The creators of ADOM (Ancient Dungeons of Mysteries) sought to create a hybrid of Rogue and more classic RPGs, which means that unlike other classic roguelikes, ADOM features numerous side quests, multiple separate areas to explore, and even an overarching plot. But it still plays like a roguelike, meaning the process of completing those tasks is a doozy.
Angband Development Team | PC etc. | 1990
Named for the evil fortress in The Silmarillion, Angband draws heavily on the works of J.R.R. Tolkien for its bestiary and inventory. A vast and sprawling adventure in which, true to its origins, months of effort can be undone in a single turn.
Dungeon Crawl Stone Soup
DCSS Devteam | PC etc. | 2006
Of all the classic roguelikes, Stone Soup is by far the best entry point for the newcomer. Not only does it offer visuals more advanced than pure ASCII, it's also designed to be carefully balanced to feel fair and accessible to new players — probably a reflection of its vintage. As the youngest of the popular PC roguelikes, it was constructed in an era in which friendliness to players had become a concern for game makers.
The Mystery Dungeon Games
If the classic PC roguelike seems too intimidating, it's worth considering taking the lighter approach of a console outing. The best console roguelikes all belong to the same family: Chunsoft's (now Spike Chunsoft) Mystery Dungeon series, which began as a Dragon Quest spinoff and took on a life of its own.
Pokémon Mystery Dungeon
Chunsoft | Nintendo | GBA/DS/3DS | 2005-2013
As you might expect, this is literally baby's first roguelike. Lacking any difficulty at all until the post-game, the Pokémon Mystery Dungeon games demonstrate that danger is what makes roguelikes interesting. But boring as they may be, they make effective training wheels for the genre's rules.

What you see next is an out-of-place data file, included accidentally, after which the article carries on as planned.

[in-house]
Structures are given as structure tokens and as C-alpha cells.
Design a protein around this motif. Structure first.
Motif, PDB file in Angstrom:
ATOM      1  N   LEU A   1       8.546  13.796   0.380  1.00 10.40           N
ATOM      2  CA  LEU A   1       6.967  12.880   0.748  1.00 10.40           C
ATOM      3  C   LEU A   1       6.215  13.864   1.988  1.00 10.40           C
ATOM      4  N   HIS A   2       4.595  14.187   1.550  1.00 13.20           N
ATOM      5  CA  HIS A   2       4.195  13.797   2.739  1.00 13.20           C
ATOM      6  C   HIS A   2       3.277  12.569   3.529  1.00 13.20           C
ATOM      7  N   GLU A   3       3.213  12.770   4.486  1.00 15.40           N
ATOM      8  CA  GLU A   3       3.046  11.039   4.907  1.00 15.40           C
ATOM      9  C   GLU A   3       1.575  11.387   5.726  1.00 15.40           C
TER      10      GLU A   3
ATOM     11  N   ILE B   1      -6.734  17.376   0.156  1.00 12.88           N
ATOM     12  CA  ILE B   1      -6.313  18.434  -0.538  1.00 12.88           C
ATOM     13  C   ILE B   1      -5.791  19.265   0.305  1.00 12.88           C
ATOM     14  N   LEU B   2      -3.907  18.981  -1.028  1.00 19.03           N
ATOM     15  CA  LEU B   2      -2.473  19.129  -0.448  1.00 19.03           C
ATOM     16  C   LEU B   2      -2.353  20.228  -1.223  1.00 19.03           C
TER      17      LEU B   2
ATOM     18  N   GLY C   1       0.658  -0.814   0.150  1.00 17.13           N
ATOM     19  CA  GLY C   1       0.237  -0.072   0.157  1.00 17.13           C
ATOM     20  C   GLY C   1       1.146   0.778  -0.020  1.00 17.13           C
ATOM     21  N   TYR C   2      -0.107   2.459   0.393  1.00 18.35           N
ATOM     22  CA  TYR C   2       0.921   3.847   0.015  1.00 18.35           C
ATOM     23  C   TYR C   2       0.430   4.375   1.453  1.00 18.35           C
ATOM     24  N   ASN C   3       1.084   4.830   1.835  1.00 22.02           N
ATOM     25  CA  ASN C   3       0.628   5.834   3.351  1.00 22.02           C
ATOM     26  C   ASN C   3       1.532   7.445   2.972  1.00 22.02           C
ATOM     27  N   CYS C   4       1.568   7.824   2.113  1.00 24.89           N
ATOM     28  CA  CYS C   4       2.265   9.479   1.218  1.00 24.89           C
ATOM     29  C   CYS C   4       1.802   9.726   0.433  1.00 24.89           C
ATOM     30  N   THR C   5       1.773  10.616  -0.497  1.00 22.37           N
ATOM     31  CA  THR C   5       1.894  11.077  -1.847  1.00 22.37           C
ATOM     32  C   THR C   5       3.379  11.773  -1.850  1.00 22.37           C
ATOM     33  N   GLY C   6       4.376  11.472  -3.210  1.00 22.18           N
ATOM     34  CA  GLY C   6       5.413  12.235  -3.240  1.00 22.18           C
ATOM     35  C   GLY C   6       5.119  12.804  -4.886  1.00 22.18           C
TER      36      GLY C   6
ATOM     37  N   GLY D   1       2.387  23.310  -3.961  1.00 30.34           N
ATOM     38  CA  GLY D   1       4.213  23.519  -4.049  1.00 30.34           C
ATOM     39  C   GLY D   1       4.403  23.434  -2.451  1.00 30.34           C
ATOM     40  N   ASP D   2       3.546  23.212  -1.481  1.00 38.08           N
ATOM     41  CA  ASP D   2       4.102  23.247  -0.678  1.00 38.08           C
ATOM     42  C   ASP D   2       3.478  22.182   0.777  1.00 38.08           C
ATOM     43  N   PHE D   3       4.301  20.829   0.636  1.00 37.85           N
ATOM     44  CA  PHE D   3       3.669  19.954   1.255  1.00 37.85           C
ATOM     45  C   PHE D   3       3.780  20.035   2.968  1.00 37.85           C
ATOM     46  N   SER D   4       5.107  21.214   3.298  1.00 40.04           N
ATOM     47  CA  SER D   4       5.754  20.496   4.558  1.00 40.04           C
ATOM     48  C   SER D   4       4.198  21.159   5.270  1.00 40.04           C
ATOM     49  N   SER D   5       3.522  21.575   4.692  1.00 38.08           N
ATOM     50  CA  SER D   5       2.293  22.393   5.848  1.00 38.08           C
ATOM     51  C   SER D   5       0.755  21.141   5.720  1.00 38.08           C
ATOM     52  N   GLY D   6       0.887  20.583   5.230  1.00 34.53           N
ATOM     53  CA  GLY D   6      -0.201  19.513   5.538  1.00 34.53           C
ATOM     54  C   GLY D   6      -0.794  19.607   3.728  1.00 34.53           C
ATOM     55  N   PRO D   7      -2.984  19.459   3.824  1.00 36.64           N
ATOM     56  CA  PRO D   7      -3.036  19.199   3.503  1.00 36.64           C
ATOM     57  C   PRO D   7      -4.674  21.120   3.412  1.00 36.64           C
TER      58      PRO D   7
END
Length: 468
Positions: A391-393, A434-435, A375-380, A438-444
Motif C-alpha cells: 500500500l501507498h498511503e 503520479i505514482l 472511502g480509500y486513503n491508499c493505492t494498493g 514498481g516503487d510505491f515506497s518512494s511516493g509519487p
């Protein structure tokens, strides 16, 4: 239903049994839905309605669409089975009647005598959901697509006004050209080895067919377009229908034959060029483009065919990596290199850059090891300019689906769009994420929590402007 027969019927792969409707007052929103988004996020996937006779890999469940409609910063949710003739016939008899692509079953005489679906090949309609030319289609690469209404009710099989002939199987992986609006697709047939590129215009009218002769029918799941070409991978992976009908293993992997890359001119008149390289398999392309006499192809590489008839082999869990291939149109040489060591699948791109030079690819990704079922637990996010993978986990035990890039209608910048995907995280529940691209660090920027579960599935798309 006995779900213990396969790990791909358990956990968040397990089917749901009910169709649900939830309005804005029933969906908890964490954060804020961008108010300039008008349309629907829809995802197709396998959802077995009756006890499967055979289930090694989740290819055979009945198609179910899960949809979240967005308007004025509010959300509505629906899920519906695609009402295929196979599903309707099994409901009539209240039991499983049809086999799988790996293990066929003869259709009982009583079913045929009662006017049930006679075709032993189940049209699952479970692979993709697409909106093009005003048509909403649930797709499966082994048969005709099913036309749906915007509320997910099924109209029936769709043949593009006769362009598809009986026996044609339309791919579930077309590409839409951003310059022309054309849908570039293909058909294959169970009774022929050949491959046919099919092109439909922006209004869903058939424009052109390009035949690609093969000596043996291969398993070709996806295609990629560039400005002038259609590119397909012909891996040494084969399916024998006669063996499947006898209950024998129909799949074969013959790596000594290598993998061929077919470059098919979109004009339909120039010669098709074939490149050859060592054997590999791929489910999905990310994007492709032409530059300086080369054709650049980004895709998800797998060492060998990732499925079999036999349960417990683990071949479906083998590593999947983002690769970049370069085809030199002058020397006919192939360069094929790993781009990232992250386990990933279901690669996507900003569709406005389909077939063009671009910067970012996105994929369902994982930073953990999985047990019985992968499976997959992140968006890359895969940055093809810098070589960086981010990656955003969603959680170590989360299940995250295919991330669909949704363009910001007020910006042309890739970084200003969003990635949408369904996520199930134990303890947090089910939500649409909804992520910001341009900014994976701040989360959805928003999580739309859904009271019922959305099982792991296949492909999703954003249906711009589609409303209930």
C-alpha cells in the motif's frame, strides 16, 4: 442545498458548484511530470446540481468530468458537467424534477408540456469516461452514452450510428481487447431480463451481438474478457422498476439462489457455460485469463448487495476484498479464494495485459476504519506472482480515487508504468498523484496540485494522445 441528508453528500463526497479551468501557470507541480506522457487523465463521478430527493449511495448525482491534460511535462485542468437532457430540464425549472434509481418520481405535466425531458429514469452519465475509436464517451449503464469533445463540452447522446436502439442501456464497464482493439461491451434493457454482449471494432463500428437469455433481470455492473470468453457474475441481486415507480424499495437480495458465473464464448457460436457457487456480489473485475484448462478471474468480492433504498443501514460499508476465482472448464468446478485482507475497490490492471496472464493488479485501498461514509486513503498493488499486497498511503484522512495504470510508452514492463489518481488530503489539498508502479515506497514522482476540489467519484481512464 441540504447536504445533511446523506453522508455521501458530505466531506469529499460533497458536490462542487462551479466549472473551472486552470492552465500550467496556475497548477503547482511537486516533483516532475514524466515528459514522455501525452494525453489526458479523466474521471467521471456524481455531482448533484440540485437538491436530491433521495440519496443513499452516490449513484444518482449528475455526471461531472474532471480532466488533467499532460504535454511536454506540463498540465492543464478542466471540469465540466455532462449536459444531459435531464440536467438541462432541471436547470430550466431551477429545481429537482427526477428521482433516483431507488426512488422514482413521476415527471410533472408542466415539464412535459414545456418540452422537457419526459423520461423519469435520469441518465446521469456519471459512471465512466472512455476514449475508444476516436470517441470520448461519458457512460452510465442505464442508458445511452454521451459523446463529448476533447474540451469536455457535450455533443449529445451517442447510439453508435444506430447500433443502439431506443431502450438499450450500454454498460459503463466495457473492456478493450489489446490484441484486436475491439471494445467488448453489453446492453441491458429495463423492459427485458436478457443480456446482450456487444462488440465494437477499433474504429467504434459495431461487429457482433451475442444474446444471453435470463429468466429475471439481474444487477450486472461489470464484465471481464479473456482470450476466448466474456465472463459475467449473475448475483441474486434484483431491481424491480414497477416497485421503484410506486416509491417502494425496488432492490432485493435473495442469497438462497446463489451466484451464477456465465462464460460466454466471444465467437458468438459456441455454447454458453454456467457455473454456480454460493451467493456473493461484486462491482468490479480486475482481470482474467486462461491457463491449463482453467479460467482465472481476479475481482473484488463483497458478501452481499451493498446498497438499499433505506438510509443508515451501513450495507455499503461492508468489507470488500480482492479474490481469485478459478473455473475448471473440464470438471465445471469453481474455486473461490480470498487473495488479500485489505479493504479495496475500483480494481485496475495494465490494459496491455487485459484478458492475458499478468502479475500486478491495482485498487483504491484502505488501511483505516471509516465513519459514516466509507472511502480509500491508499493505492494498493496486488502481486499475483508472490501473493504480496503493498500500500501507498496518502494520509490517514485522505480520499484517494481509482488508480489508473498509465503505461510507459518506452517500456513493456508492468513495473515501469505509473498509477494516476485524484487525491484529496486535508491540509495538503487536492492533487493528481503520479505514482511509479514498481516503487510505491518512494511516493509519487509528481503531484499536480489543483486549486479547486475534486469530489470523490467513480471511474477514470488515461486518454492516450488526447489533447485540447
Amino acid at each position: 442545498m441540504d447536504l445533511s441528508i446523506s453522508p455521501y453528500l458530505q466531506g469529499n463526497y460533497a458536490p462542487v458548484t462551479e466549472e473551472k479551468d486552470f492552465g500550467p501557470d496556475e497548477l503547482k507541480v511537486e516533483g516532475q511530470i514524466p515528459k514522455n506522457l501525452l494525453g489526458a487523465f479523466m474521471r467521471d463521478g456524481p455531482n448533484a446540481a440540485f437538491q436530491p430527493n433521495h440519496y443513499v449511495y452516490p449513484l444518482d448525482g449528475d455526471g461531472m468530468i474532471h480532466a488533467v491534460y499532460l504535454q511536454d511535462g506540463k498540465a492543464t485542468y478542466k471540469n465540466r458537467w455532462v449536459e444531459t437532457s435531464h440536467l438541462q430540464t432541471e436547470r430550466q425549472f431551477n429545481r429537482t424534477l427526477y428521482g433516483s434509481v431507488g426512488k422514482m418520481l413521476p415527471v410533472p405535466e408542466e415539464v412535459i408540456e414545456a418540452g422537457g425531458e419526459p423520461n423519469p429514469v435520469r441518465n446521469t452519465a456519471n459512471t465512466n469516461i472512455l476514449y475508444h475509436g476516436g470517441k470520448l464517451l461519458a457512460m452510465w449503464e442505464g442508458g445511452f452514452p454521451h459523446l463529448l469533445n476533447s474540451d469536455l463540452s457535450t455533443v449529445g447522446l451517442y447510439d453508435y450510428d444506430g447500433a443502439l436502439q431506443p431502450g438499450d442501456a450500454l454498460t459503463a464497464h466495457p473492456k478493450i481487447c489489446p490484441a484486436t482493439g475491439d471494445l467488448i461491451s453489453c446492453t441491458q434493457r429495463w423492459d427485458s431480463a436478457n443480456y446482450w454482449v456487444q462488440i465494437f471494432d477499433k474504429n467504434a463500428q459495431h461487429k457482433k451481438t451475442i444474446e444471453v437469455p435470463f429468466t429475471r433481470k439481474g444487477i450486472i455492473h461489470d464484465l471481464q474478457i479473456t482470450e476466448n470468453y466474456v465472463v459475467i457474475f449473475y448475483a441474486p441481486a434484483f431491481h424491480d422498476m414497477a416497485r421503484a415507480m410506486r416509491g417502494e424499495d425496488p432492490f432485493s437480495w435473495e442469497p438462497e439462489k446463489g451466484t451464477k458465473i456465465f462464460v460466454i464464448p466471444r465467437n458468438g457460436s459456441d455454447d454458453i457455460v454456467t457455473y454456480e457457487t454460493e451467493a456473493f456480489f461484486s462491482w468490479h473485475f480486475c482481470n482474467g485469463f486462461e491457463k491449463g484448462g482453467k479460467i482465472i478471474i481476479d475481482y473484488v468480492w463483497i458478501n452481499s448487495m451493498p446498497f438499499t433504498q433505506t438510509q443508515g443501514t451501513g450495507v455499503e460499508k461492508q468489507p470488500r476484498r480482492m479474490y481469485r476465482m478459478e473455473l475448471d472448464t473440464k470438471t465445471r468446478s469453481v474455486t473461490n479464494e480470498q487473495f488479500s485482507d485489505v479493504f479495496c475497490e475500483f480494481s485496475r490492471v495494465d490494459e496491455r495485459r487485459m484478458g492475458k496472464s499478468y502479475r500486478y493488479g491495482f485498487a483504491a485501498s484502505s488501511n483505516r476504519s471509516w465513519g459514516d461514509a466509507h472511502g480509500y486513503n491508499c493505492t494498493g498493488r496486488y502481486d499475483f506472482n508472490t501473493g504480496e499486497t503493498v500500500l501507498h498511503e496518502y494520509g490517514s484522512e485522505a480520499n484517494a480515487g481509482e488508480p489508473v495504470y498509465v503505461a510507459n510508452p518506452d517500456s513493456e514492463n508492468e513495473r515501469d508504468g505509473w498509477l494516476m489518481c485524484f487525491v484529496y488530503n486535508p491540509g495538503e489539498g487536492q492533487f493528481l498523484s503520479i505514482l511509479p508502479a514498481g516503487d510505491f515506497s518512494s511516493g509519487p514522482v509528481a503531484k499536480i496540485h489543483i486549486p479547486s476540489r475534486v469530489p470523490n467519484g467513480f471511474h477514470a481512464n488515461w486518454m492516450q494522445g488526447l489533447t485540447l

Etrian Mystery Dungeon
Spike Chunsoft (with Atlus) | Atlus | 3DS | 2015
This is more like it. The newly released Etrian Mystery Dungeon adapts the classes and concepts of Atlus' Etrian Odyssey series into an inventive hybrid between two different styles of dungeon crawler. It breaks a lot of roguelike rules, but it's interesting... and challenging, too.
Chocobo Mystery Dungeon
Chunsoft/h.a.n.d. | Square/Square Enix | PS1/Wii | 1997-2007
For those who prefer their crossovers a little more mainstream, Chocobo Mystery Dungeon incorporates familiar elements of Final Fantasy without being as toothless as Pokémon Mystery Dungeon. And it's the cutest take on Final Fantasy, too.
Mystery Dungeon: Shiren the Wanderer
Chunsoft | Sega, Atlus | Super NES/Wii/DS/PSP/Dreamcast | 1995-2015
The "true" Mystery Dungeon games are still the best. The Shiren titles are deep, complex, and packed with secrets — the high-water mark for console roguelikes. If you want to see what all the fuss is about, the Game Center CX/Retro Game Master episode (available in the U.S. on the Retro Game Master DVD) featuring the original Shiren is a great introduction!
These games break a lot of roguelike rules, but they still draw on Rogue's concepts. By combining roguelike mechanics with other genres, they make the notion of randomization and permadeath more accessible. Consider these your training wheels.